We look at the 10 silliest tech blunders that have left companies kicking themselves over missed opportunities.
8. Newspapers fail to read the writing on the wall - Craigslist
Newspapers are dying, and by nearly all accounts (certainly, all newspaper accounts), Craigslist's fingerprints can be found all over the crime scene. People have blamed the mostly free online ad service for cutting the legs out from under classified advertising, one of the newspaper industry's cash cows.
As recently as 2005, classified ads brought more than $17.3bn into US newspapers'. Since then, the use of classified ad sites such as Craigslist (as well as Amazon, eBay and Google) has more than doubled, according to the Pew Research Center, while classified ad revenues have been halved.
If a consortium of newspapers had bought out Craigslist back in 2005, when classified ad revenues were flying high, things could be quite different today. But first they would have had to persuade Craigslist creator Craig Newmark to sell.
In a January 2008 interview with PC Advisor's sister publication InfoWorld, Newmark said that his company's role in the collapse of the newspaper industry has been greatly exaggerated - mostly by newspapers.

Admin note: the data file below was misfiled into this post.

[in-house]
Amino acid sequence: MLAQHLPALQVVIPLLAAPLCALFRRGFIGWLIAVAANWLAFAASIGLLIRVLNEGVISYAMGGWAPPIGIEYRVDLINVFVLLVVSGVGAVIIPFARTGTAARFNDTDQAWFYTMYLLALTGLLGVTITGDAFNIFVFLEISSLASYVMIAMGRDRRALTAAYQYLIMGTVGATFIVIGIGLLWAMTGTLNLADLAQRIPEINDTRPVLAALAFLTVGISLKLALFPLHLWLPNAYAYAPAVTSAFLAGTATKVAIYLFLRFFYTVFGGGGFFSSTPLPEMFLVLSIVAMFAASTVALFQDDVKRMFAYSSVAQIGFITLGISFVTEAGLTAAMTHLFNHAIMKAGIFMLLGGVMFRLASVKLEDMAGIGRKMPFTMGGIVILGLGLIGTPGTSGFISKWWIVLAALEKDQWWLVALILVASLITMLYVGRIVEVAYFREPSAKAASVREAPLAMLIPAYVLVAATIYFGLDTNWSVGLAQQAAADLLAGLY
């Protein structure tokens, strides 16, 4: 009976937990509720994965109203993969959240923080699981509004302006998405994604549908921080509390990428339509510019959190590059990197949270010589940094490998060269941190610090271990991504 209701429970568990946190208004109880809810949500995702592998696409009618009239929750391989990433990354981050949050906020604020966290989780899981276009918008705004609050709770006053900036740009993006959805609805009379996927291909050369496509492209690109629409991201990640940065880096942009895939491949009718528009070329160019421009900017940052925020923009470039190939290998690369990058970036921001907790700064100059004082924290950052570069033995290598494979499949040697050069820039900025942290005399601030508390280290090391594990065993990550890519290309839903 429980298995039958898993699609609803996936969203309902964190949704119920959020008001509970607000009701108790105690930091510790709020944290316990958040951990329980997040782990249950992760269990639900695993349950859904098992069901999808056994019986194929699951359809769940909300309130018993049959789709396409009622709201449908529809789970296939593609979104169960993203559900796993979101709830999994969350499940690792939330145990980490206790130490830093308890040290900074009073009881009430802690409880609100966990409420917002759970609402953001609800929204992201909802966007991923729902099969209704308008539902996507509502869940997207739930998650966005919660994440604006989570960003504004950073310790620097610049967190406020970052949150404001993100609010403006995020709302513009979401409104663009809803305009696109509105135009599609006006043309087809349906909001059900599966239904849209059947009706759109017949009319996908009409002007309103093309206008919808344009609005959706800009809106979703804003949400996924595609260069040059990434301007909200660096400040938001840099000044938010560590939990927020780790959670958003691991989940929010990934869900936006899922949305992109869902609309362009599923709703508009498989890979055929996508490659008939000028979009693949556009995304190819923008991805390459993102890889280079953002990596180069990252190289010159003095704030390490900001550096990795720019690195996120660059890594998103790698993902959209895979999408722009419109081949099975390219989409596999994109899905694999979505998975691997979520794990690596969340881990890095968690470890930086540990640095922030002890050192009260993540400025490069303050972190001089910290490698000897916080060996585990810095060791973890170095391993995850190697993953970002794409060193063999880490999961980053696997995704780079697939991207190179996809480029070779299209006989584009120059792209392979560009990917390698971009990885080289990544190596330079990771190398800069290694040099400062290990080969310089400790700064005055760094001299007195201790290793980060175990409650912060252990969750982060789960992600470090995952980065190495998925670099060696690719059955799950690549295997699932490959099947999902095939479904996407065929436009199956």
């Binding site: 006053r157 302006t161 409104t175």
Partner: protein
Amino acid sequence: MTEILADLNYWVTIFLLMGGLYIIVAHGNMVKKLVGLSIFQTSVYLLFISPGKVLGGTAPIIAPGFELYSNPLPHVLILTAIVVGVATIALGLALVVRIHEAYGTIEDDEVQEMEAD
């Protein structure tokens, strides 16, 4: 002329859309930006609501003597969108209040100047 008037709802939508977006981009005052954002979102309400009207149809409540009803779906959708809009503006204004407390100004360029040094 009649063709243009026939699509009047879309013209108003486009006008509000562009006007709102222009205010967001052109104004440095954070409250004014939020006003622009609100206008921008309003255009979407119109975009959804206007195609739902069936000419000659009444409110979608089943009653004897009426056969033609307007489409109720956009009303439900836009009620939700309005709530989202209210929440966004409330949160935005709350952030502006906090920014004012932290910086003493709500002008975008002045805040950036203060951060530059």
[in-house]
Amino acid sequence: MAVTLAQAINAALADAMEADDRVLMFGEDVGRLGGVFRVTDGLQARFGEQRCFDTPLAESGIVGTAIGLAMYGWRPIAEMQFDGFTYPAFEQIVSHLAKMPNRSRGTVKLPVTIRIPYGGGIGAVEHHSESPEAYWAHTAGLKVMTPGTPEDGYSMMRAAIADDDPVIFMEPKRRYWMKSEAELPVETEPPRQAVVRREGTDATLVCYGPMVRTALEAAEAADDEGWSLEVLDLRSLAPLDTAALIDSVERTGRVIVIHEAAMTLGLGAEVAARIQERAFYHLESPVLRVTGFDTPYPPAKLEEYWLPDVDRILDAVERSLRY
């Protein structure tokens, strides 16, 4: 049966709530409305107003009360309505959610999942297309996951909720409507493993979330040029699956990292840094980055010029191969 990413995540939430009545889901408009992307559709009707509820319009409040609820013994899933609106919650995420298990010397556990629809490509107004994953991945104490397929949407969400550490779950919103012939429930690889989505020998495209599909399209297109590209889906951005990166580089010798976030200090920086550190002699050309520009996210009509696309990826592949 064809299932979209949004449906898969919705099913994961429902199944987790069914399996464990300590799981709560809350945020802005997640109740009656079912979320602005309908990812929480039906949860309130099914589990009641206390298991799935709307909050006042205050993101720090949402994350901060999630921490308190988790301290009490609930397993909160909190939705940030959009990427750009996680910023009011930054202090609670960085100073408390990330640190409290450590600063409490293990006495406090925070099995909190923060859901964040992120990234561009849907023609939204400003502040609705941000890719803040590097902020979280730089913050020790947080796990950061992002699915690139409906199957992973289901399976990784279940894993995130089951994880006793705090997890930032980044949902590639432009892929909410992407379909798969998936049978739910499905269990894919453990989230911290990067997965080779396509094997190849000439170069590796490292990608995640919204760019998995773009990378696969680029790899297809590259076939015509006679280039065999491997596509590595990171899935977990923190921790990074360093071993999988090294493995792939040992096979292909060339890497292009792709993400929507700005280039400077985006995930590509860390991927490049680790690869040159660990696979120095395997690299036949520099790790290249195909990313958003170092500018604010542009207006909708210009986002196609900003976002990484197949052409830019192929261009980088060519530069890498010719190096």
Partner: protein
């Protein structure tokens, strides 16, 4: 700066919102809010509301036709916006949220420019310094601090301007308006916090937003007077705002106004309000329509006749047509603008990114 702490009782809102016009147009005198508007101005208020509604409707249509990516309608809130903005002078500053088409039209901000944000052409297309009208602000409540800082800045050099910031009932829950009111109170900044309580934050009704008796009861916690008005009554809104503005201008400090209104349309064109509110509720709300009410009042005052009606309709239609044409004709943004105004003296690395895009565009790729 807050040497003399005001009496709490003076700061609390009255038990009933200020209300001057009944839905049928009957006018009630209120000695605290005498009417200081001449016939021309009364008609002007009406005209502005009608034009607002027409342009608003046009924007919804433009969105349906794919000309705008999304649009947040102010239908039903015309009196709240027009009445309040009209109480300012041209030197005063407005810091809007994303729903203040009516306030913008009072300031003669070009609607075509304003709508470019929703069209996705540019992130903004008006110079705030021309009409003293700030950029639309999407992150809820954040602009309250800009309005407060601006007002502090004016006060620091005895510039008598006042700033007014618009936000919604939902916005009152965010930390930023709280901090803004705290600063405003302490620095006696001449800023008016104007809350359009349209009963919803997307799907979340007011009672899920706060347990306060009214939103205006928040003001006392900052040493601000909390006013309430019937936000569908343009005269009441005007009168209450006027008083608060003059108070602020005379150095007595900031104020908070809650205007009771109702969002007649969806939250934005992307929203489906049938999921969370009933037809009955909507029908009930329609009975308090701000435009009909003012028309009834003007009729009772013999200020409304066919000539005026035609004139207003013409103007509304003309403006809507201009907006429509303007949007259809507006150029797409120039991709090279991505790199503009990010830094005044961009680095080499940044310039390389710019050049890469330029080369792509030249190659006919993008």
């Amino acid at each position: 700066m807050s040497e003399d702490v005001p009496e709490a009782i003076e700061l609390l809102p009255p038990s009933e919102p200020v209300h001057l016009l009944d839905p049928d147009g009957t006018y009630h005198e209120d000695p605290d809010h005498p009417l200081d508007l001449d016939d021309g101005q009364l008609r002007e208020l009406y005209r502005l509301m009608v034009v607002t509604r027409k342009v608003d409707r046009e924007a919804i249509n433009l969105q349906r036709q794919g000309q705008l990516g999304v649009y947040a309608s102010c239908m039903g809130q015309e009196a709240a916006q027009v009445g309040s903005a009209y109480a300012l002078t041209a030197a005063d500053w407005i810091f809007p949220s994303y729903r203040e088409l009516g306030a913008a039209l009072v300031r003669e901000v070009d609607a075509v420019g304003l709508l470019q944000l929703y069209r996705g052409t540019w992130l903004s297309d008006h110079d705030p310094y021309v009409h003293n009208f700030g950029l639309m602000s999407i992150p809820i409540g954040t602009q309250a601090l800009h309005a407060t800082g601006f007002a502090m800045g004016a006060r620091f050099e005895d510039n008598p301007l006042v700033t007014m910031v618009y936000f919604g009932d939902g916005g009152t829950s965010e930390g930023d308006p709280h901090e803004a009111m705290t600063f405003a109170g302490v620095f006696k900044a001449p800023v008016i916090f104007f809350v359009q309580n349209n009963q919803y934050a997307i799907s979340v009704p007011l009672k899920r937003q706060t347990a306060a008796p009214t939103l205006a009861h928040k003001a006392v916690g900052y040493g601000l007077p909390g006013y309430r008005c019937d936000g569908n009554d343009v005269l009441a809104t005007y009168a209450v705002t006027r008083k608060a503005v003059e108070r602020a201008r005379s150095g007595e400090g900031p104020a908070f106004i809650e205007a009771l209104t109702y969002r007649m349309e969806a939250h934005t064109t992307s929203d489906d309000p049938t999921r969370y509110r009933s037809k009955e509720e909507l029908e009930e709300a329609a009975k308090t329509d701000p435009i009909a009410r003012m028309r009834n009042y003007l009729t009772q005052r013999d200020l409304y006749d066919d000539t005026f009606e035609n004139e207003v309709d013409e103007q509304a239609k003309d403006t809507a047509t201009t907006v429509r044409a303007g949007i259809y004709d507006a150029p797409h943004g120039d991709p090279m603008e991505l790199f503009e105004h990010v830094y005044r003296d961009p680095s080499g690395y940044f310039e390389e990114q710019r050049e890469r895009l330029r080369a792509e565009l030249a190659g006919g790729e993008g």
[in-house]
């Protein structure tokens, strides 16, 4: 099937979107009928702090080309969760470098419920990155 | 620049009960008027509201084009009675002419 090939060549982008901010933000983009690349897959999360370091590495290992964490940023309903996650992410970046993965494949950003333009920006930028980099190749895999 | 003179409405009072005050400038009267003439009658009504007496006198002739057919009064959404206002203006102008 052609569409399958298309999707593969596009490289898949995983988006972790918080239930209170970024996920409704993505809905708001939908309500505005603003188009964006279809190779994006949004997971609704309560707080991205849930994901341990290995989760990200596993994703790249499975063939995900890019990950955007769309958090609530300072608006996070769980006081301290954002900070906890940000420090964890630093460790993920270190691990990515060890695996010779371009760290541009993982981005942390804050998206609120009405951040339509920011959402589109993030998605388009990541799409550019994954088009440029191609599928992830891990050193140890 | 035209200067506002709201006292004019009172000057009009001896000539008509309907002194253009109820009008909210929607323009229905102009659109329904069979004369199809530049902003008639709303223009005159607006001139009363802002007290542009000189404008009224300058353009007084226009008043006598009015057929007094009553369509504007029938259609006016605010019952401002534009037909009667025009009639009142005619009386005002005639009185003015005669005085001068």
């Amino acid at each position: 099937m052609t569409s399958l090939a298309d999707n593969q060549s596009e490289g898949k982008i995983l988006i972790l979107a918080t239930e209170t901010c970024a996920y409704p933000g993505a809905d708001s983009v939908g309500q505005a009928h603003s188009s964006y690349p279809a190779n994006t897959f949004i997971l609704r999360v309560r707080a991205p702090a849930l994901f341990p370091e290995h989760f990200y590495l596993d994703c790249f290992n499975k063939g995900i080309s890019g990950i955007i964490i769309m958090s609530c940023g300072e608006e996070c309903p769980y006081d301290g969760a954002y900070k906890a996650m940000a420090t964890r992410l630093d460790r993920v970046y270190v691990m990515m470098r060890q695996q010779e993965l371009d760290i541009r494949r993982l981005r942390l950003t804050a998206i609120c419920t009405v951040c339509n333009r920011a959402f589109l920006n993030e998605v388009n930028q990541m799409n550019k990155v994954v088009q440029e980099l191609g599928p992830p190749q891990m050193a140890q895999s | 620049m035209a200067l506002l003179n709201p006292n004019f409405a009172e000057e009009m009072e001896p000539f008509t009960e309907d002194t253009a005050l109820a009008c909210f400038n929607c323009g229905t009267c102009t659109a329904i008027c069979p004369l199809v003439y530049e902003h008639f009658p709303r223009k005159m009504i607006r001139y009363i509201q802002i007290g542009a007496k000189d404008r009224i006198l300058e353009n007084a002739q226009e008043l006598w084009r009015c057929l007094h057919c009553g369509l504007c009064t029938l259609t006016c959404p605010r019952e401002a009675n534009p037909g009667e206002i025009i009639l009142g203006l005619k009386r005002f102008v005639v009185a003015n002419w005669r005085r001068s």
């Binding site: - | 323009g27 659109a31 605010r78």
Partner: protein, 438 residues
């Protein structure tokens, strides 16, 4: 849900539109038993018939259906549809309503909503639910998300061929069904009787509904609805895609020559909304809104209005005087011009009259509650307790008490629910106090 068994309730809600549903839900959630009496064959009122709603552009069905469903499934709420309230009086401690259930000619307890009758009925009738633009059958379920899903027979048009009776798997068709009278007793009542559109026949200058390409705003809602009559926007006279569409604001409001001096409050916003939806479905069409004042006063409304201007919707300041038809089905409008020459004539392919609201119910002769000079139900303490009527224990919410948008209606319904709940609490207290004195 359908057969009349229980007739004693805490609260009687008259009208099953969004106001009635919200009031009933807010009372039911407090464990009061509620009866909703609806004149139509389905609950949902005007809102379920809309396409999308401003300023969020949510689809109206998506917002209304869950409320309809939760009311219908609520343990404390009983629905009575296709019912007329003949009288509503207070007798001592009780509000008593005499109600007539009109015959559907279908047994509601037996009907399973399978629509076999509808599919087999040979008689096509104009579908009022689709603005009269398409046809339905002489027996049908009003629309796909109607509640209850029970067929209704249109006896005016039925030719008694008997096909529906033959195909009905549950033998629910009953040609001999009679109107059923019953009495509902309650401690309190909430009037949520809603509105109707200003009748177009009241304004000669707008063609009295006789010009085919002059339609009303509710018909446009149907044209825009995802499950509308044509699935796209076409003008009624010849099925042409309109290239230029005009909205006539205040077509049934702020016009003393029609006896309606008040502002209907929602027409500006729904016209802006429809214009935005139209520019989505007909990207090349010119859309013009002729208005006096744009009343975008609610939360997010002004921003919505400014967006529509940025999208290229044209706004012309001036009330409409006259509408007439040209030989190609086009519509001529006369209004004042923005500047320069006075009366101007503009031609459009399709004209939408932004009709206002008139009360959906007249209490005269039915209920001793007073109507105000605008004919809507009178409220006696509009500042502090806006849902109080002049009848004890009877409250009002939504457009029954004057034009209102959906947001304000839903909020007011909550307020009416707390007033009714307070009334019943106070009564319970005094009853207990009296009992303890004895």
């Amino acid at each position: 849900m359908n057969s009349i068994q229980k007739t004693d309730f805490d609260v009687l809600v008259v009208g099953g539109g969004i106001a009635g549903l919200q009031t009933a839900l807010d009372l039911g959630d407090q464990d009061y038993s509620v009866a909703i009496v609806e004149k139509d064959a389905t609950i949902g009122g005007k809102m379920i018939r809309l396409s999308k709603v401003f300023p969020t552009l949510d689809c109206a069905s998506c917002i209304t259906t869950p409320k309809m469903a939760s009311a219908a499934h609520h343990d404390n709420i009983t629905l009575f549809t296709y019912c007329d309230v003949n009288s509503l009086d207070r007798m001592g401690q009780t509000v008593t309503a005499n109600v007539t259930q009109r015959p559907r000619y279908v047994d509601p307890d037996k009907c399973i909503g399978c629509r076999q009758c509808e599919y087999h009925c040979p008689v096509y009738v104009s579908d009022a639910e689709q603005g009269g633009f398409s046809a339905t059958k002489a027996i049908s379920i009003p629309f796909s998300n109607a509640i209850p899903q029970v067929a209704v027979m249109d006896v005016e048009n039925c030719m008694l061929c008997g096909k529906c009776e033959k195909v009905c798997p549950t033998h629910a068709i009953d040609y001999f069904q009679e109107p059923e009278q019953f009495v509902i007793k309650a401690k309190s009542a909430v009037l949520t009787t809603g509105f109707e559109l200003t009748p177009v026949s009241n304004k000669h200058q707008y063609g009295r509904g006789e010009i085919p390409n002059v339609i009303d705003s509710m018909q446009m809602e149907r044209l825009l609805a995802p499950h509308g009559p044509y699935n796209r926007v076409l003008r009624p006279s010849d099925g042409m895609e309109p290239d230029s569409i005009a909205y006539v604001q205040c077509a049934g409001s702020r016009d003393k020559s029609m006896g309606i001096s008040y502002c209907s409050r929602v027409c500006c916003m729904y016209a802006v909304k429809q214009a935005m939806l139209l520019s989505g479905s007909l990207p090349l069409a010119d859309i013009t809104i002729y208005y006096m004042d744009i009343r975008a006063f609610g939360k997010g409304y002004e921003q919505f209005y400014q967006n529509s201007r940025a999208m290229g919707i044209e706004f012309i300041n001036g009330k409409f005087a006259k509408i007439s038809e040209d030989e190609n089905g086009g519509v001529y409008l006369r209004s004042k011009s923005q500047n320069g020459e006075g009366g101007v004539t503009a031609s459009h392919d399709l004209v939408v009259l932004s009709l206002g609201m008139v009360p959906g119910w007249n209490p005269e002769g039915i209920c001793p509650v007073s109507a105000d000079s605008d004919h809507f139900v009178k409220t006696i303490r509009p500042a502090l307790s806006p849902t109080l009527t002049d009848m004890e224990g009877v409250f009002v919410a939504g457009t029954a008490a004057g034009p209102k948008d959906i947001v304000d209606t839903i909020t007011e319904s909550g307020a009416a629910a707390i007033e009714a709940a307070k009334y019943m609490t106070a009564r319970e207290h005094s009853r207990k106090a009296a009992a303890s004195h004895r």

"I figure the biggest problems newspapers have these days have to do with fact-checking," he said.
9. The Google before Google
Much like Google today, Open Text was lauded for its speed, accuracy, and comprehensiveness; by 1995 Open Text Corp claimed that it had indexed every word on the roughly 5 million documents that constituted the web at that time. That year, Yahoo incorporated Open Text's search technology into its directory.
But two years after partnering with Yahoo, Open Text abandoned search and moved into enterprise content management. A year later Google made its debut. The missed opportunity? Not realising how big search was going to be.
"If anything made Open Text special, it was that they came closer to having Google-like technology than anyone else in their time," says Steve Parker, a communications consultant who helped publicise Yahoo's launch of Open Text's search technology.
"With a three-year lead on Google, you have to consider whether Google would have been forced to burn cash at a much faster pace, and if they might have run out of time to overtake the market leader. If things had gone differently, that might have been good enough to get [Open Text] to king of the hill."
NEXT PAGE: Microsoft saves a rotting Apple